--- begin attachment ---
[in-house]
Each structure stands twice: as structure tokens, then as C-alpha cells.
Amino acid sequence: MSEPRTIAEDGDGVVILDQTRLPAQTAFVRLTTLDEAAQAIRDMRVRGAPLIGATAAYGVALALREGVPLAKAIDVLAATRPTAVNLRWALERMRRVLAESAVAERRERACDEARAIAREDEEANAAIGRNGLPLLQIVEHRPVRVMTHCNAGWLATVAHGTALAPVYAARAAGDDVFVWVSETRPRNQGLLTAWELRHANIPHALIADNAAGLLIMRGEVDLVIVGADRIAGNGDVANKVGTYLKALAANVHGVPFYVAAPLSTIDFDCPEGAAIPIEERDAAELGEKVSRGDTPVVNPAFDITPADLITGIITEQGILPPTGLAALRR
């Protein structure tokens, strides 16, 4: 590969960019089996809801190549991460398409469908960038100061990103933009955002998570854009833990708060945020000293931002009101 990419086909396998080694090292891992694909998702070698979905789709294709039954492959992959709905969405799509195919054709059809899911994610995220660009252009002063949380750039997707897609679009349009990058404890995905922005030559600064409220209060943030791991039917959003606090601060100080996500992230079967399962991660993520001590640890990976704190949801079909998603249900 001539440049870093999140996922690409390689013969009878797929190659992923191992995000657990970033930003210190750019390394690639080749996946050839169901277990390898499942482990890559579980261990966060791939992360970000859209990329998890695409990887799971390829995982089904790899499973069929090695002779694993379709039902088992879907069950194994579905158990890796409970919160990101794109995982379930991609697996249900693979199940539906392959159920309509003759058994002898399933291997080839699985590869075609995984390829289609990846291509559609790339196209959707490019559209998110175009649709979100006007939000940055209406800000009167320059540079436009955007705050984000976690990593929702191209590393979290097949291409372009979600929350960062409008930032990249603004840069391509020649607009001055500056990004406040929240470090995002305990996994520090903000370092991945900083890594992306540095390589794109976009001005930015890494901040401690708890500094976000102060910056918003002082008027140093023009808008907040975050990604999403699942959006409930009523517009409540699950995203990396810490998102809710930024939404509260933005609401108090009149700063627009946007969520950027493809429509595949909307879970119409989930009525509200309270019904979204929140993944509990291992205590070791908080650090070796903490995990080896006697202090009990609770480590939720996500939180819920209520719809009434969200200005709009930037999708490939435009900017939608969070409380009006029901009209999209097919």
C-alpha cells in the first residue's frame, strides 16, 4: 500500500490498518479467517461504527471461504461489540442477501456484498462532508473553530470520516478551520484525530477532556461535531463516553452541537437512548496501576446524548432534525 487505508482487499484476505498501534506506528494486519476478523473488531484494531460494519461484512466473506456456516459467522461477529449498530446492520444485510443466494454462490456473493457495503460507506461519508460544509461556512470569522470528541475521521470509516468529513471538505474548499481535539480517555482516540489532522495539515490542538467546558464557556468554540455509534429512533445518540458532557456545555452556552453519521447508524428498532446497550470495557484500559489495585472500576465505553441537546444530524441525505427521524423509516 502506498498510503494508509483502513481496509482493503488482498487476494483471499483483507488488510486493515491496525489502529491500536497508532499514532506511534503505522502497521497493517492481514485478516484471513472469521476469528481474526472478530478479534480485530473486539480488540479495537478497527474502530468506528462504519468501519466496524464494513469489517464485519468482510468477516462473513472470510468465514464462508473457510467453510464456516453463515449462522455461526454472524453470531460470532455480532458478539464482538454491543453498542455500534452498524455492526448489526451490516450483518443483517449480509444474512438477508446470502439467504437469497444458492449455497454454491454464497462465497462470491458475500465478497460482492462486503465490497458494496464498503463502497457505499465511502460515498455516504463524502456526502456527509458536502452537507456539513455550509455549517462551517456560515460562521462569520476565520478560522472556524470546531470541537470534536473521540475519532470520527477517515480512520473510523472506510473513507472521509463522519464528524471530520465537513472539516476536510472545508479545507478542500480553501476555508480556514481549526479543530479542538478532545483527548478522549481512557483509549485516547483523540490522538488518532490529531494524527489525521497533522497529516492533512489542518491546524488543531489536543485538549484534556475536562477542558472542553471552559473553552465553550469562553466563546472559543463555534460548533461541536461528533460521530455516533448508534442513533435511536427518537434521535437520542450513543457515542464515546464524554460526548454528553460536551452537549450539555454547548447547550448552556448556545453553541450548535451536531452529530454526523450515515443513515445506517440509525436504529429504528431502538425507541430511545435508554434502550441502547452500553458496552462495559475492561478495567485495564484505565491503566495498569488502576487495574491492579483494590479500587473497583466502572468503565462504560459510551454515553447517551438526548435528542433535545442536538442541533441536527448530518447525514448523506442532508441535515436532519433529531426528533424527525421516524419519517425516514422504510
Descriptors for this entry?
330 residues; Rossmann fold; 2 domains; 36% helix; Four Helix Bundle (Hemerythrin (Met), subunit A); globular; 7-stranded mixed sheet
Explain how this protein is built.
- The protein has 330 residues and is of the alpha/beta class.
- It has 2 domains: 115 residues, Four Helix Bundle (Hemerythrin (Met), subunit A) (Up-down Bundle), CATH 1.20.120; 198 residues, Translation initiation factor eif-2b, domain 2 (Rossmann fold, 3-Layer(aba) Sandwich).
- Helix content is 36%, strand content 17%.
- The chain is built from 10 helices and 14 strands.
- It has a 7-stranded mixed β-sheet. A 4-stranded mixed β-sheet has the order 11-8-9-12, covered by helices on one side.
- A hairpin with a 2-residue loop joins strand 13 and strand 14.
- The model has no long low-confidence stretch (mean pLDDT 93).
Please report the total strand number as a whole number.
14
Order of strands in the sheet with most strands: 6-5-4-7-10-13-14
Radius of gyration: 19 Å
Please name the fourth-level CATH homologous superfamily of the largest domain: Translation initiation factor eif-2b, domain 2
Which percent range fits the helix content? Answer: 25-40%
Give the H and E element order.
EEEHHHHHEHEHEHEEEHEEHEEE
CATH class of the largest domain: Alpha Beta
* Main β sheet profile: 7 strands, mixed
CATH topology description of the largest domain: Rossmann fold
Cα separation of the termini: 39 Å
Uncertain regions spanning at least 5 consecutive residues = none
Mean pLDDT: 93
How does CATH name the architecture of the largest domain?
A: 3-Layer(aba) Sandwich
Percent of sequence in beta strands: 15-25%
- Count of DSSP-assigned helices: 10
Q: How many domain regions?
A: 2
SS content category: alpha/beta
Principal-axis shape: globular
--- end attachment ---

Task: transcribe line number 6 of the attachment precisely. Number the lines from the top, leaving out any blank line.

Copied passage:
Descriptors for this entry?